Now, as opinions pour in on whether Becka and I should be together [which seems to keep on happening – seriously please stop], I’ve had to learn how to turn the volume down on those perspectives and trust that this thing we have been building together is indeed good and also trust that nobody really has a say to tell us otherwise. My mom always tells me that nobody lives behind the door of your heart, and the door of your home, but you – those are places that are sacred and absolutely up to you.
So here we are, behind the doors of our hearts, learning to choose what we know is a good thing every day (and anybody who says otherwise can stay out on the stoop).
Tell us your favorite thing about one another
B: My favorite thing about Julianna is how she interacts with people. She gives each person this open, undivided attention. Before we started dating, I loved watching her talk to people, whether that be someone after her show or the person making her sandwich. She immediately makes people comfortable and gives them space to be genuine.
J: Becka has these tiny crystals from when she was in kindergarten that she hangs in her window so it makes rainbows on her bedroom wall.
Since we first met, she’s been stopping me mid-sentence to look at the light bobbing up and down through those little crystals.
Becka does that a lot. She has this incredible patient anticipation for beauty.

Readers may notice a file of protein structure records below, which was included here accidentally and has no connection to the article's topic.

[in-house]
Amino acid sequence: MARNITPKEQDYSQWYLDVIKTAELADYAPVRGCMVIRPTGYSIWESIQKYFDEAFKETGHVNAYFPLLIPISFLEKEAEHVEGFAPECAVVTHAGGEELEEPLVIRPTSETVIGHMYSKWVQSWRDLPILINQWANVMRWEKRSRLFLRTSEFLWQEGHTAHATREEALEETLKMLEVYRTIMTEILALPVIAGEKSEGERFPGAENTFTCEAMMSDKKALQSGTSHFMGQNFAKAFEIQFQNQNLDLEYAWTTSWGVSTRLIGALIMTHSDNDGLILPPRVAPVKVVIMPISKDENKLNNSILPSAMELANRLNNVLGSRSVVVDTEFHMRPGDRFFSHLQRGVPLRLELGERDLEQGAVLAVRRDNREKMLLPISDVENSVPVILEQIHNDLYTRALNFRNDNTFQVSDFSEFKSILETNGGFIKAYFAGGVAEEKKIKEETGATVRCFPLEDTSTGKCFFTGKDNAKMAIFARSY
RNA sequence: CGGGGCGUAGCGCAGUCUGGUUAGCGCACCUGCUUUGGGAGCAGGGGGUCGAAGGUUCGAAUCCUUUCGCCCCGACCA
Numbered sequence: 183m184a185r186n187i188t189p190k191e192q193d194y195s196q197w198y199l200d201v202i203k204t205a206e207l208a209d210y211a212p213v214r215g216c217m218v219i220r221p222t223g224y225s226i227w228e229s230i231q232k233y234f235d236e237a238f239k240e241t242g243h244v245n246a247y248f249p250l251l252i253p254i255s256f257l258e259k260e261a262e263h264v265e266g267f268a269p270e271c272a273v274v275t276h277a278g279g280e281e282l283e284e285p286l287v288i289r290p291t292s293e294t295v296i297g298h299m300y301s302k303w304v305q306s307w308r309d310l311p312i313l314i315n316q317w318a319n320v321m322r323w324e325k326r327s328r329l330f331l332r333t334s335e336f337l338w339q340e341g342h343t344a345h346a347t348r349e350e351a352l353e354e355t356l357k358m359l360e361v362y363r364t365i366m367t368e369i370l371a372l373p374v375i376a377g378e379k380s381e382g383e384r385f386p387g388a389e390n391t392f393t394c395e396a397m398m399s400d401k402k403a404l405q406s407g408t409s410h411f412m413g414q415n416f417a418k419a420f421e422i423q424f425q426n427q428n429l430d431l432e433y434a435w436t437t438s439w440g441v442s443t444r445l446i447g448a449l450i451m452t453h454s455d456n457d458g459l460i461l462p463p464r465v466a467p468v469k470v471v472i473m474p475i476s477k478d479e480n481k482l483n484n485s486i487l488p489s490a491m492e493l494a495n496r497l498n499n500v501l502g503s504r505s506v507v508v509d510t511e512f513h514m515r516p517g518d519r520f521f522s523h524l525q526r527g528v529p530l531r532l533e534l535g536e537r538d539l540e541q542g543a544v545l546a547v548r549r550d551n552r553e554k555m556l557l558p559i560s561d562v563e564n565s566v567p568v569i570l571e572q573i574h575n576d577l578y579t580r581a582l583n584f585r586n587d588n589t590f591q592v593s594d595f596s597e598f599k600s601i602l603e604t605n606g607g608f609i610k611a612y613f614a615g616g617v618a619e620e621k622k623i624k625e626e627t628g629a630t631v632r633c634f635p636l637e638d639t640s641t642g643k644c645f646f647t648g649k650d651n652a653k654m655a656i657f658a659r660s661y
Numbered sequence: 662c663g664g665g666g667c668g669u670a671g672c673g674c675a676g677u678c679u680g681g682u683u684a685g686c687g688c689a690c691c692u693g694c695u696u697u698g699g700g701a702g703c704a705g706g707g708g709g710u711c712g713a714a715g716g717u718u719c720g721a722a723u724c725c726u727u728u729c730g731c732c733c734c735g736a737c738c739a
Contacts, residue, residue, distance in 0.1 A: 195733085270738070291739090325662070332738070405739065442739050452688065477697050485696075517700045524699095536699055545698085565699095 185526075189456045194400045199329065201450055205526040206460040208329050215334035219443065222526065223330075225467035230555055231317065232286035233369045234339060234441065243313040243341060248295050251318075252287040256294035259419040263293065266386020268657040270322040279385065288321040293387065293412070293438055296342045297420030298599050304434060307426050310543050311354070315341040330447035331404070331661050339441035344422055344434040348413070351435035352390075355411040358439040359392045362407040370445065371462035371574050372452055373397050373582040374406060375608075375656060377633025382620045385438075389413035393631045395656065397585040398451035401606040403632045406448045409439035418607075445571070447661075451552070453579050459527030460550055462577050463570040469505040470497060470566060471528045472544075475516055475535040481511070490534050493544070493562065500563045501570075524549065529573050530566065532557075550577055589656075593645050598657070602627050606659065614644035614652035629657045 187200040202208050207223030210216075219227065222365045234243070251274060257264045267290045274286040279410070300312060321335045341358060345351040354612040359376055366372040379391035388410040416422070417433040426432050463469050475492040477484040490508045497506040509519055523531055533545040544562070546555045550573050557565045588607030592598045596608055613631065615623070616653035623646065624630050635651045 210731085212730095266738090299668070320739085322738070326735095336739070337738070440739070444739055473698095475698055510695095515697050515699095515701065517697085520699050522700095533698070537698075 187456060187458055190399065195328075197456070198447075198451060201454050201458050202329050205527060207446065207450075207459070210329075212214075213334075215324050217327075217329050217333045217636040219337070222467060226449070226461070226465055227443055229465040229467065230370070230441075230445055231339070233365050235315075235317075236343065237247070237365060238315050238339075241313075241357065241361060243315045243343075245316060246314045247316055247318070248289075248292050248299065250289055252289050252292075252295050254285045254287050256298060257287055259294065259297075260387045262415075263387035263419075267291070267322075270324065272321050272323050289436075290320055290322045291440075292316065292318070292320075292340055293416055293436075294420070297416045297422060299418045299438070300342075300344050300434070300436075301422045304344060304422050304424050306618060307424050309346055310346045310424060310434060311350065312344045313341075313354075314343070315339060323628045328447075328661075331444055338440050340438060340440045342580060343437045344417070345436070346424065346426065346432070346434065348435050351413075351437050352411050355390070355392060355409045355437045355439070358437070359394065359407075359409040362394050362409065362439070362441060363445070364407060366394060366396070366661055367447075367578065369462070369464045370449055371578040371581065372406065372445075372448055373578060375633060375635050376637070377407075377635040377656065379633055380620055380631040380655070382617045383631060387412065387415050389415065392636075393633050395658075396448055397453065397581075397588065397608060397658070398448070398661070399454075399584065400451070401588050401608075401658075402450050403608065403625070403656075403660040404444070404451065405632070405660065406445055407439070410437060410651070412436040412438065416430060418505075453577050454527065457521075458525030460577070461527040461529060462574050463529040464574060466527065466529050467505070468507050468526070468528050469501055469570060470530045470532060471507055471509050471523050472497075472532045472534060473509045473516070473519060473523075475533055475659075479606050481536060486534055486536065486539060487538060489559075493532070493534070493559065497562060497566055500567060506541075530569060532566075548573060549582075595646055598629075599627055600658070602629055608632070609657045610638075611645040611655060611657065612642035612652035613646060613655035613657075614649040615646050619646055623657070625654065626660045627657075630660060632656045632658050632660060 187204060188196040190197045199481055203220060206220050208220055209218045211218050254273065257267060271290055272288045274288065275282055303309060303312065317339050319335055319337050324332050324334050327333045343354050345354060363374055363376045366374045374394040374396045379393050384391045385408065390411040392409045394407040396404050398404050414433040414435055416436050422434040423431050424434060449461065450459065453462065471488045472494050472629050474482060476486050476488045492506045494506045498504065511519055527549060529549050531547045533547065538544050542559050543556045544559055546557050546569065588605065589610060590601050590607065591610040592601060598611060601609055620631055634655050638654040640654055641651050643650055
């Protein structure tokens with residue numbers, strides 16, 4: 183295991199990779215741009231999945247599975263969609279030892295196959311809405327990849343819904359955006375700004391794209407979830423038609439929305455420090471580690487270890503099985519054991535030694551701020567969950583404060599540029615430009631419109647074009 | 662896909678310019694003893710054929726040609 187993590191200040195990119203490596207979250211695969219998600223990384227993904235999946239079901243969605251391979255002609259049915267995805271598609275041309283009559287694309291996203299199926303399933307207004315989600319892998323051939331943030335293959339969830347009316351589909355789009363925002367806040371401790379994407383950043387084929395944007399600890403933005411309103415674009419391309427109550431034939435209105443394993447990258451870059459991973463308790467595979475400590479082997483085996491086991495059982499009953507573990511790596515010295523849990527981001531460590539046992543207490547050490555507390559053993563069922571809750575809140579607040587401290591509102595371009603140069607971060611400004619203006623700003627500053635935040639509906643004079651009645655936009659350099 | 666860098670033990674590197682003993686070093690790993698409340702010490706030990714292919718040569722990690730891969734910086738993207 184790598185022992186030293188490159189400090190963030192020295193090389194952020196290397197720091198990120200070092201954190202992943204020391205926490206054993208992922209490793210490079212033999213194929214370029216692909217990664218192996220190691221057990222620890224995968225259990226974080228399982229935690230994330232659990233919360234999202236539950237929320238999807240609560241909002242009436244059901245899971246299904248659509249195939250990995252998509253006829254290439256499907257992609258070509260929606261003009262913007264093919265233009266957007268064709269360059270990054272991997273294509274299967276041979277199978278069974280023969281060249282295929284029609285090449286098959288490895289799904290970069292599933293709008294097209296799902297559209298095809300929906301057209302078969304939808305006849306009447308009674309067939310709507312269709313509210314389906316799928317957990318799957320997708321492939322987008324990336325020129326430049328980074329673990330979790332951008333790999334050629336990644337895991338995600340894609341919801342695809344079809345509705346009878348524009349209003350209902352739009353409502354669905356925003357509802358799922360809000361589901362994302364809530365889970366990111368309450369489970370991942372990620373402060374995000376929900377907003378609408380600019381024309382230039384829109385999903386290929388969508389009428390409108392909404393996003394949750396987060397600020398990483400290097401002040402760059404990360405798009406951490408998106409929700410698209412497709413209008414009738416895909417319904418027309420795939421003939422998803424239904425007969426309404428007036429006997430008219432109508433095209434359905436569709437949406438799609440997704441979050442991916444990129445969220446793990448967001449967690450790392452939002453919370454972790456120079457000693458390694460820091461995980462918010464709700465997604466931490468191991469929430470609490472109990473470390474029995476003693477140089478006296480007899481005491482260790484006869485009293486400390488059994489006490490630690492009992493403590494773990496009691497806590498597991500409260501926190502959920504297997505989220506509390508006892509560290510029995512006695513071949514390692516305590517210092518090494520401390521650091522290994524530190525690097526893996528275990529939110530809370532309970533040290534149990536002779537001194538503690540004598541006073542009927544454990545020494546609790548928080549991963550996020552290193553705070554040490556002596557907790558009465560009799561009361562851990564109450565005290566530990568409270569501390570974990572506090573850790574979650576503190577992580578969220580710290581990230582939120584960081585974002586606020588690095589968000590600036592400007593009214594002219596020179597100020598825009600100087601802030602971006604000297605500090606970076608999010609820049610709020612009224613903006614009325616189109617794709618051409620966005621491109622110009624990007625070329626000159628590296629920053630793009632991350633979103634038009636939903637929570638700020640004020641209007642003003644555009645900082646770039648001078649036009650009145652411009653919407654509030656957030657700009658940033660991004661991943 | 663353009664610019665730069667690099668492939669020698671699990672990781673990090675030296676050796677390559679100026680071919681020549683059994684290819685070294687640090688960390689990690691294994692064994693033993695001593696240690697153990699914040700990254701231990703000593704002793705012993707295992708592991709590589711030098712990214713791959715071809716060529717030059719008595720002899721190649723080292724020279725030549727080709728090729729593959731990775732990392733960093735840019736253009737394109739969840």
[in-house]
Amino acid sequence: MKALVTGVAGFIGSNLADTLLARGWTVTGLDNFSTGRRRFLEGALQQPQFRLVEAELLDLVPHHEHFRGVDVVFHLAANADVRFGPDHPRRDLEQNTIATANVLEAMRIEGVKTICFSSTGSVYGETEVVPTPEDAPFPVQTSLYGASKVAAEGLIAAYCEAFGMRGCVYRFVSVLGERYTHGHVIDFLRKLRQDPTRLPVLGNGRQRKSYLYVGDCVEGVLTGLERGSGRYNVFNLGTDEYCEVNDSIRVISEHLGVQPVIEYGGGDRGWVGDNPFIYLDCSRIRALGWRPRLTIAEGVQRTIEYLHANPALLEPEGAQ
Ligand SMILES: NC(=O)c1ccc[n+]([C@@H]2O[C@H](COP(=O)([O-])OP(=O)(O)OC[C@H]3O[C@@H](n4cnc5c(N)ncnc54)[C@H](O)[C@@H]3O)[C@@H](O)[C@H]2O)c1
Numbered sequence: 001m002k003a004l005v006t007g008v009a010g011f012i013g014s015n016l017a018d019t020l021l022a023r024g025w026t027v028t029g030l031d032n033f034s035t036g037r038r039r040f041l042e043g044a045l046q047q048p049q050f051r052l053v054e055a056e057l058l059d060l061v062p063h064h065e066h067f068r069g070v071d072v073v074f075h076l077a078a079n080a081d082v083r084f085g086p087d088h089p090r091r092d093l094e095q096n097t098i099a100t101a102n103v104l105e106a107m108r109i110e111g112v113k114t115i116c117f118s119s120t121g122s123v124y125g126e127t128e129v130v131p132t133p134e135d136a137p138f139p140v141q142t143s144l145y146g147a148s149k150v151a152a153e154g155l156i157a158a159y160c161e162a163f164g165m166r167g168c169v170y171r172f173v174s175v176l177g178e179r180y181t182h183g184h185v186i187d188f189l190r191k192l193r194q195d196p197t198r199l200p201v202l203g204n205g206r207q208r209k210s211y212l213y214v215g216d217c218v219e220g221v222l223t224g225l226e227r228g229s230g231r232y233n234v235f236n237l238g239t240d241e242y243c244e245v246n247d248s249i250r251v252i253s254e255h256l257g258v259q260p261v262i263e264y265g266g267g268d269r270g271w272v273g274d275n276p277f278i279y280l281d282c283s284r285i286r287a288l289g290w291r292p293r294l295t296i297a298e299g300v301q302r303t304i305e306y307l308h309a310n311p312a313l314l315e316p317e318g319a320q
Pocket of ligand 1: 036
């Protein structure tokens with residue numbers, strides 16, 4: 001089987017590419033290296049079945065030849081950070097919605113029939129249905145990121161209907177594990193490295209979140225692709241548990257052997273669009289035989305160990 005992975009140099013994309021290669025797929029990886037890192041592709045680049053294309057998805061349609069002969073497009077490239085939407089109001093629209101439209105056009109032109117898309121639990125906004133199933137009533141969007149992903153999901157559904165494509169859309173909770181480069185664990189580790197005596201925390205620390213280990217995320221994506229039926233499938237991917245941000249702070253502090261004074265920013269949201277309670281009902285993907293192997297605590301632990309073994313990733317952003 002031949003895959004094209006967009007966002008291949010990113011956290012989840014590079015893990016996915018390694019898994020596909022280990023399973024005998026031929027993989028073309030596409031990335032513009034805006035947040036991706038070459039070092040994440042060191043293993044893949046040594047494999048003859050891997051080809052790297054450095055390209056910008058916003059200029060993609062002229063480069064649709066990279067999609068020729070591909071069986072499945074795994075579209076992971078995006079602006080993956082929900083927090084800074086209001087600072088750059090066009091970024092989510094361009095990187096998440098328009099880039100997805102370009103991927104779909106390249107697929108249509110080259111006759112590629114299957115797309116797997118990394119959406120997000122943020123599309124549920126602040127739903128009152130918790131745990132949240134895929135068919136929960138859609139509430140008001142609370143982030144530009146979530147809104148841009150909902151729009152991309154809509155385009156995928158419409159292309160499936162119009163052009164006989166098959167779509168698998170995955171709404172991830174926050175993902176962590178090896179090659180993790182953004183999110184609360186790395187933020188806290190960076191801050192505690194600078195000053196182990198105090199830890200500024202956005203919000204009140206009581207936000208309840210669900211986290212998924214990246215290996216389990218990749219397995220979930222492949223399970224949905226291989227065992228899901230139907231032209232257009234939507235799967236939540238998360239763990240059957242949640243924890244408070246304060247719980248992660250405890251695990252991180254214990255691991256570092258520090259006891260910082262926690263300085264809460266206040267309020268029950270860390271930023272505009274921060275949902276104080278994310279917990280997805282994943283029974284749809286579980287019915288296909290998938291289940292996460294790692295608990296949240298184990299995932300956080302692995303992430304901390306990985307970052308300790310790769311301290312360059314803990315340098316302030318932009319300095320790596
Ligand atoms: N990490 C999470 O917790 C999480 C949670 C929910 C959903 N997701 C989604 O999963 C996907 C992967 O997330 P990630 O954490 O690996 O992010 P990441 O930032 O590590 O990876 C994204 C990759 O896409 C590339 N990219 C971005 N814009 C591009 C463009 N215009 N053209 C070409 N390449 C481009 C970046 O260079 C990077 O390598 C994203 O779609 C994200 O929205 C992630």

She made me hold a crab once, [something I’m not too keen about and would never think to do on my own] and made me really pause to look at it. I wasn’t convinced at first, but then she just had me wait and watch it wiggle around a bit before I shook it off my palm. And the little guy has been burned in my memory ever since — I found the joy and beauty in that little crab.
She especially does this with the kids she works with in equine-assisted therapy. She is just so full of play and discovery and warm plushy goodheartedness. And there is nothing I love more than watching her patients tend to the tiny crystals in these kiddos and revel in those moments when they catch the light and spill over with color.
What’s in the future for you both?
B: I graduated grad school in May with my MS in Early childhood mental health. So I’m looking forward to finding time to relax without homework and exams hanging over my head. I’m hoping to find more time to spend with my horse and all the important people in my life. And of course, find a job.
J: I have a few music projects rolling out through the summer, so I’ll be tending to that little garden as it grows. Releasing music is pretty much one of the scariest things you can do, so I have a lot of courageous vulnerability to parse out over 2019. I’ll also hopefully continue to find my rhythm here in San Diego as an artist and human – still feeling a bit like a newbie over here!
Is there anything else that you would like to add?
B: A friend once gave me the advice that relationships aren’t 50-50, they’re actually 100-100. There are days that you won’t be able to give anything to your partner and there are days that they won’t be able to give anything to you. And on those days you might need everything from your partner. Don’t get so focused on exact fairness and be more ready to create something awesome and supportive.
Photography by Cat Coppenrath